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Job   Listen
verb
Job  v. i.  
1.
To do chance work for hire; to work by the piece; to do petty work. "Authors of all work, to job for the season."
2.
To seek private gain under pretense of public service; to turn public matters to private advantage. "And judges job, and bishops bite the town."
3.
To carry on the business of a jobber in merchandise or stocks.






Collaborative International Dictionary of English 0.48








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"Job" Quotes from Famous Books



... fox, indeed. As to the King, he is sometimes this, sometimes that [as he spoke, Houmain turned his hand outward and inward], between zist and zest; but while he is determining, I am for zist—that is to say, I'm a Cardinalist. I've been regularly doing business for my lord since the first job he gave me, three years ago. I'll tell thee about it. He wanted some men of firmness and spirit for a little expedition, and sent for me ...
— Serge Panine • Georges Ohnet

... in a newspaper descended on the crass skull of Limpy. The wielder of the improvised but fatal weapon permitted himself the luxury of an instant's cruel smile—then vanished into the darkness leaving another complete job for ...
— The Exploits of Elaine • Arthur B. Reeve

... half passed. In spring, after Easter, Yergunov, who had long before been dismissed from the hospital and was hanging about without a job, came out of the tavern in Ryepino and sauntered aimlessly along ...
— The Horse-Stealers and Other Stories • Anton Chekhov

... up, my lads, and pump the ship out," said the mate from above; "we had almost forgotten that. Be smart, now; it's but a ten minutes' job." ...
— Poor Jack • Frederick Marryat

... pleased me. I'm after the treasure myself, and I'm going to get it. But I'm not a fool. I can appreciate even an enemy when I find him on the job." ...
— The Pirate of Panama - A Tale of the Fight for Buried Treasure • William MacLeod Raine

... But when the money was all spent they relapsed into their former sadness. They again resolved to lose the children, and to lead them much further away than they had done the first time, so as to do the job thoroughly. But though they were careful not to speak openly about it, their conversation did not escape little Tom Thumb, who made up his mind to get out of the situation as he had ...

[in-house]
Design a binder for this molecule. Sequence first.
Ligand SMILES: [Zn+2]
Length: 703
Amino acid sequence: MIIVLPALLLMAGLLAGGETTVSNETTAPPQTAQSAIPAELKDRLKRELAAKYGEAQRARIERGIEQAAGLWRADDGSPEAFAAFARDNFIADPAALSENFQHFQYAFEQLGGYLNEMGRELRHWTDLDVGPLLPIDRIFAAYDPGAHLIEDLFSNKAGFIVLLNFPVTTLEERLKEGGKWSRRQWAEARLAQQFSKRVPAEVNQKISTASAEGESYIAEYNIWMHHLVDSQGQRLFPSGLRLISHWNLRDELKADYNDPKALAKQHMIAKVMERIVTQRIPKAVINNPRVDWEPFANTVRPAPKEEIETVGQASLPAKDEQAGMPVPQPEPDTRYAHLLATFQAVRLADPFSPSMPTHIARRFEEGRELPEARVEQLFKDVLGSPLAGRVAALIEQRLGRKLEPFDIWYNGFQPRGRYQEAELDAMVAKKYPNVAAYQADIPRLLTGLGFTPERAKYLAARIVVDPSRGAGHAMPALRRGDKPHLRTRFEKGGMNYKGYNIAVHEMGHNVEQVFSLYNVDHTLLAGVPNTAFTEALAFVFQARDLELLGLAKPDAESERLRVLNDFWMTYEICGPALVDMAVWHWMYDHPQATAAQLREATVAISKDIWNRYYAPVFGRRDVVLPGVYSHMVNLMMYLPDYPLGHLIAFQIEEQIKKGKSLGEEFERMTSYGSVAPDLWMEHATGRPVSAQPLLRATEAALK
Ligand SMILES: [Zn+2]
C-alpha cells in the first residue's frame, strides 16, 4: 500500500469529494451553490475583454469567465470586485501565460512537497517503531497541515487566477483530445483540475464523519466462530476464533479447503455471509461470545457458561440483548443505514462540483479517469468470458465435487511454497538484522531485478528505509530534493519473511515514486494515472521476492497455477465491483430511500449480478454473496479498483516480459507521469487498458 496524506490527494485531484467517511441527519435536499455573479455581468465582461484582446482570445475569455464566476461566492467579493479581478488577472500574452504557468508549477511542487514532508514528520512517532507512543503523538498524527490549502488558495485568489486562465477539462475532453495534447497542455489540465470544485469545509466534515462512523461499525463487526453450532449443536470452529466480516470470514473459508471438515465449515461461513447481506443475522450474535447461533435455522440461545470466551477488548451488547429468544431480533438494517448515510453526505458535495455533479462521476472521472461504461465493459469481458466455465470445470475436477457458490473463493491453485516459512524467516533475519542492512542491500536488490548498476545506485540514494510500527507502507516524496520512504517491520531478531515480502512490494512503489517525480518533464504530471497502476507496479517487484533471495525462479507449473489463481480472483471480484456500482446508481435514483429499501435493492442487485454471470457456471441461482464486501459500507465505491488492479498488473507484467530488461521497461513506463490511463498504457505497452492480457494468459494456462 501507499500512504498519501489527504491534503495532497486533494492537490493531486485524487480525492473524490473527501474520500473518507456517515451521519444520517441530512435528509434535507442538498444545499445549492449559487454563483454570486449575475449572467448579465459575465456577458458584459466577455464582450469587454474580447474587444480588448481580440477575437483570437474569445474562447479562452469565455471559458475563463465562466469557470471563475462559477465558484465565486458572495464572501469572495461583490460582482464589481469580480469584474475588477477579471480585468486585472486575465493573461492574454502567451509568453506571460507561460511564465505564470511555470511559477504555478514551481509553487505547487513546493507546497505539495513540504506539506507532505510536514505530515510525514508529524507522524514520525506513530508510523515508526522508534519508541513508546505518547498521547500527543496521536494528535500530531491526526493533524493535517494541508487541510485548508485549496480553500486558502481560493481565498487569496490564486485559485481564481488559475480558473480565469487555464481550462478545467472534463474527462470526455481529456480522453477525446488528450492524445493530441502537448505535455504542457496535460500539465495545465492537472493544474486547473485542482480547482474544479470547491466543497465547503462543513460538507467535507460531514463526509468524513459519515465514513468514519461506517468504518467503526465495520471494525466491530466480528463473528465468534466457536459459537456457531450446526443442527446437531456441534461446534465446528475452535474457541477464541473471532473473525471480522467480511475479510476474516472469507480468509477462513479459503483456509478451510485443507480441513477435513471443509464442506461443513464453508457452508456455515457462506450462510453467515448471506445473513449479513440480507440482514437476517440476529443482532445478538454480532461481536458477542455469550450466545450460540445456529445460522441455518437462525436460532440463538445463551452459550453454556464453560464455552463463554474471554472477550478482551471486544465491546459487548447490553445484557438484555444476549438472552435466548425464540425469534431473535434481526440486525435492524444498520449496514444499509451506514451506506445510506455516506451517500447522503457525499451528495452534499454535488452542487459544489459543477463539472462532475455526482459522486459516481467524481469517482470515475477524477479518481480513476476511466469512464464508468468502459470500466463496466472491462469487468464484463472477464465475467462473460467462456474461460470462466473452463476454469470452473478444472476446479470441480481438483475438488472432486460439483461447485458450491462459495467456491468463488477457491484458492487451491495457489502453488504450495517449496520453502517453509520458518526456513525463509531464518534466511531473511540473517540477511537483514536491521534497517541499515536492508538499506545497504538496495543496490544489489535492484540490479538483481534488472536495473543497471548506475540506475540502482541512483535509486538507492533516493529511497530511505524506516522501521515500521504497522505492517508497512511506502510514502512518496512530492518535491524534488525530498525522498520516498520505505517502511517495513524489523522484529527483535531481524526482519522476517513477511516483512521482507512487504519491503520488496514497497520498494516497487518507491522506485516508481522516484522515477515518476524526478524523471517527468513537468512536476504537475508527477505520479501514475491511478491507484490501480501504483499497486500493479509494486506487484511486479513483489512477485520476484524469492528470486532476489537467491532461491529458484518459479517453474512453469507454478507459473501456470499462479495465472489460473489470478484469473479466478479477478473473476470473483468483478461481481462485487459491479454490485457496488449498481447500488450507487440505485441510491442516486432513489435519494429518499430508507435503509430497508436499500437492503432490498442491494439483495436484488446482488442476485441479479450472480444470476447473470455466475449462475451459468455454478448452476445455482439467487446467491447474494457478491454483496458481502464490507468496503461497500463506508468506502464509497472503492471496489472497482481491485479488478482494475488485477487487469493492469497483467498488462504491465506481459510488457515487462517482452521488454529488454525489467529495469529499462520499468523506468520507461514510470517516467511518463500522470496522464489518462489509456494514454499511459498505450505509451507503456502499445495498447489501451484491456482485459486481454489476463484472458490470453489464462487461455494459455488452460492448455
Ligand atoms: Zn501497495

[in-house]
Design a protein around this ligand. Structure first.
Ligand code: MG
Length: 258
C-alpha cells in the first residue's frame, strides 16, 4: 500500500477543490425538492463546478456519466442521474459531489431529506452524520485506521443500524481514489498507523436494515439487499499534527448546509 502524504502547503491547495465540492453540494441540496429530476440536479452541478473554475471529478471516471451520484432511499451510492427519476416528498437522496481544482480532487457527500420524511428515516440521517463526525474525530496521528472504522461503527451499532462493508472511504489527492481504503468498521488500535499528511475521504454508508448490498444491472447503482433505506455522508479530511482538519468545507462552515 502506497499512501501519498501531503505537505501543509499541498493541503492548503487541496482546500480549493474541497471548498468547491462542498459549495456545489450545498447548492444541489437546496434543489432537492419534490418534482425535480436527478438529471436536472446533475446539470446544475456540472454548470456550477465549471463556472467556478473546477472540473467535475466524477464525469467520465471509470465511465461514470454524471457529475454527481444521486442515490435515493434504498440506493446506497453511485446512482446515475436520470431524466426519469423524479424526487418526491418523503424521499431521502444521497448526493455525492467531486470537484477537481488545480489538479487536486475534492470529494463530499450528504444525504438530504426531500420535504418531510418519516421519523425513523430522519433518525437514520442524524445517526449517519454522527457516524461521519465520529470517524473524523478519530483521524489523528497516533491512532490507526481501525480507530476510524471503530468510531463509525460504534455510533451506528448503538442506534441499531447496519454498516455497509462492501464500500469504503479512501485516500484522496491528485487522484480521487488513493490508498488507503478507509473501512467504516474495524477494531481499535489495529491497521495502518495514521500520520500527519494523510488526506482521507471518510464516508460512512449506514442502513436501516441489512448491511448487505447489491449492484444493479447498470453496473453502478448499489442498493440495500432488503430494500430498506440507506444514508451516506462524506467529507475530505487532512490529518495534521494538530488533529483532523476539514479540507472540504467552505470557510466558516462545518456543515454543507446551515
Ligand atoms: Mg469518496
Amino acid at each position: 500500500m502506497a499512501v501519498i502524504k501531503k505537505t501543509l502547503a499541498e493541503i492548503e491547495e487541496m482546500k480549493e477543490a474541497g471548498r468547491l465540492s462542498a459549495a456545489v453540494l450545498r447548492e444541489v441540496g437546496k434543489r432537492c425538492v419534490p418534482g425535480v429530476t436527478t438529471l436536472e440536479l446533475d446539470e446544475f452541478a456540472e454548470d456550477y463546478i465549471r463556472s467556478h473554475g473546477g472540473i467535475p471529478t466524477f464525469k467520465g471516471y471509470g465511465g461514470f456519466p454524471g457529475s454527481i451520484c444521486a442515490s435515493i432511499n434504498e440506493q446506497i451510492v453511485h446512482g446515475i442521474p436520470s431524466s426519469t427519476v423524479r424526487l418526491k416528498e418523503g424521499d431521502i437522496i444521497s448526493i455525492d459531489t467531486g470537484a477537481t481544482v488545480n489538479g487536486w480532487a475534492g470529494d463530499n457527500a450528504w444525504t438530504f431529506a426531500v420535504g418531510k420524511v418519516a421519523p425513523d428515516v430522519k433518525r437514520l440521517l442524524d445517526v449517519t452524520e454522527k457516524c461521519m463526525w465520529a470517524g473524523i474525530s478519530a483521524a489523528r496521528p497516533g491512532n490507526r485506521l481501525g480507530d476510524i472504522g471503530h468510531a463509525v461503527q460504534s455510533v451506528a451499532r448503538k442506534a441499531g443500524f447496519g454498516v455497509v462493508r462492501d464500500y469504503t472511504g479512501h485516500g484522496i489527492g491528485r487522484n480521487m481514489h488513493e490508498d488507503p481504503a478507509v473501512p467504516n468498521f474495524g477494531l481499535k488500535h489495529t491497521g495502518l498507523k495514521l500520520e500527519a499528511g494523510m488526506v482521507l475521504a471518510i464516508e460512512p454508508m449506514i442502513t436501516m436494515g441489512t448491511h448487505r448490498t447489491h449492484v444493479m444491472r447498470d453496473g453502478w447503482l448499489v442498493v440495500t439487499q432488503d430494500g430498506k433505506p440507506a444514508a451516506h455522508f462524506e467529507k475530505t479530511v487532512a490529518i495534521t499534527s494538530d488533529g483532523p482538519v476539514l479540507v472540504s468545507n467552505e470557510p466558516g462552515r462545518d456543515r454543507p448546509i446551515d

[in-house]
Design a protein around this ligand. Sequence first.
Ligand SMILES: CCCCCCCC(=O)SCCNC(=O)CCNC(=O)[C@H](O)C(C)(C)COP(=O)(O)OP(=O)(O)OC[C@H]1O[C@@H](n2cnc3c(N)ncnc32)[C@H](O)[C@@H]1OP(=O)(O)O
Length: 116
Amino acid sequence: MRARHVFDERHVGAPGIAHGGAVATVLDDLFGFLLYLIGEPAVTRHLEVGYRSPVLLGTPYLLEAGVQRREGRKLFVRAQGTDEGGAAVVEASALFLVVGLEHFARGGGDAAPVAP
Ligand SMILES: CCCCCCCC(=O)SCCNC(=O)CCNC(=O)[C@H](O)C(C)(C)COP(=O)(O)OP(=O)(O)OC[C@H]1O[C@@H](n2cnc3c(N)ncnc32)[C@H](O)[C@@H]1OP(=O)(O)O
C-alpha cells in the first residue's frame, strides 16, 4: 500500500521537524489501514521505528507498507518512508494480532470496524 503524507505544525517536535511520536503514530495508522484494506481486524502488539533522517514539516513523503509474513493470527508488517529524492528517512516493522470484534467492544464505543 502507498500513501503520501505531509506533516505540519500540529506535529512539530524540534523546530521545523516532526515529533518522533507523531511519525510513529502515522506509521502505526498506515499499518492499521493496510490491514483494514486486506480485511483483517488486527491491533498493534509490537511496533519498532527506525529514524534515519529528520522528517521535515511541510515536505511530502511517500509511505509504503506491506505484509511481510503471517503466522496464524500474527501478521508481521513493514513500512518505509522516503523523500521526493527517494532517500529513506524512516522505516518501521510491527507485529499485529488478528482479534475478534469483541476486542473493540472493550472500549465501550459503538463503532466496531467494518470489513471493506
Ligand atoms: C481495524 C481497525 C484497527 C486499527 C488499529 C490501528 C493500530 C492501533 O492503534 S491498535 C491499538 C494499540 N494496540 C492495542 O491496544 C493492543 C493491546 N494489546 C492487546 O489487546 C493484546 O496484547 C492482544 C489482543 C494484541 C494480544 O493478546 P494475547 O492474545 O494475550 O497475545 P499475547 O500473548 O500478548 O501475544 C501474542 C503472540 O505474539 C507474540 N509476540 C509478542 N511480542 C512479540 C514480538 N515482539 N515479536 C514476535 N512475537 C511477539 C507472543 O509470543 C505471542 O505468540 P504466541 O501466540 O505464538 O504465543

— Old-Time Stories • Charles Perrault

... of Virginius in Sheridan Knowles's play lately produced there. He agreed unwillingly to look at it, and says that in April, 1820, the parcel containing the MS. came as he was going out. He hesitated, then sat down to read it that he might get a wearisome job over. As he read, he says, "The freshness and simplicity of the dialogue fixed my attention; I read on and on, and was soon absorbed in the interest of the story and the passion of its scenes, till at its close I found myself in such a state of excitement that for a time ...
— The Hunchback • James Sheridan Knowles

... nets?" asks one of the ship's officers, coming to a halt beside us and pointing to a line of corks on the surface of the water; "we've got to keep clear of them, and that's no job for a sleepy-head, I can tell you." He goes on to explain that the nets are sixty feet long and weighted with lead on the low side in the usual fashion. At this time of year the salmon are all trying to ...
— Round the Wonderful World • G. E. Mitton

... I shall in the end. Your tantrums would wear the patience of a Job out at last. It seems that you can't help despising a man just as soon as he happens to ...
— The Miller Of Old Church • Ellen Glasgow

... least not long to continue, notorious judge, near to that Euxine Sea, and since in three more days, while but for notorious sins, which the most ancient Book of he was in the fish's belly, that current might bring him to the Job shows to have been the state of mankind for about the Assyrian coast, and since withal that coast could bring him former three thousand years of the world, till the days of Job nearer to Nineveh than could any coast of the Mediterranian ...
— The Antiquities of the Jews • Flavius Josephus

... swept over the meadowy reaches of the Erie Railway, or hung along the cliffside by the wooded windings of the Susquehanna. When he had ended it, he smiled languidly, and, showing me his still-mutilated hand, said that the old doctor's job had been a sad bungle, after all. In fact, the only physical proof that remained to verify his story, was a curved blue spot where the ingoing current from the magnet had carried particles from the carbon point ...
— Stories by American Authors, Volume 8 • Various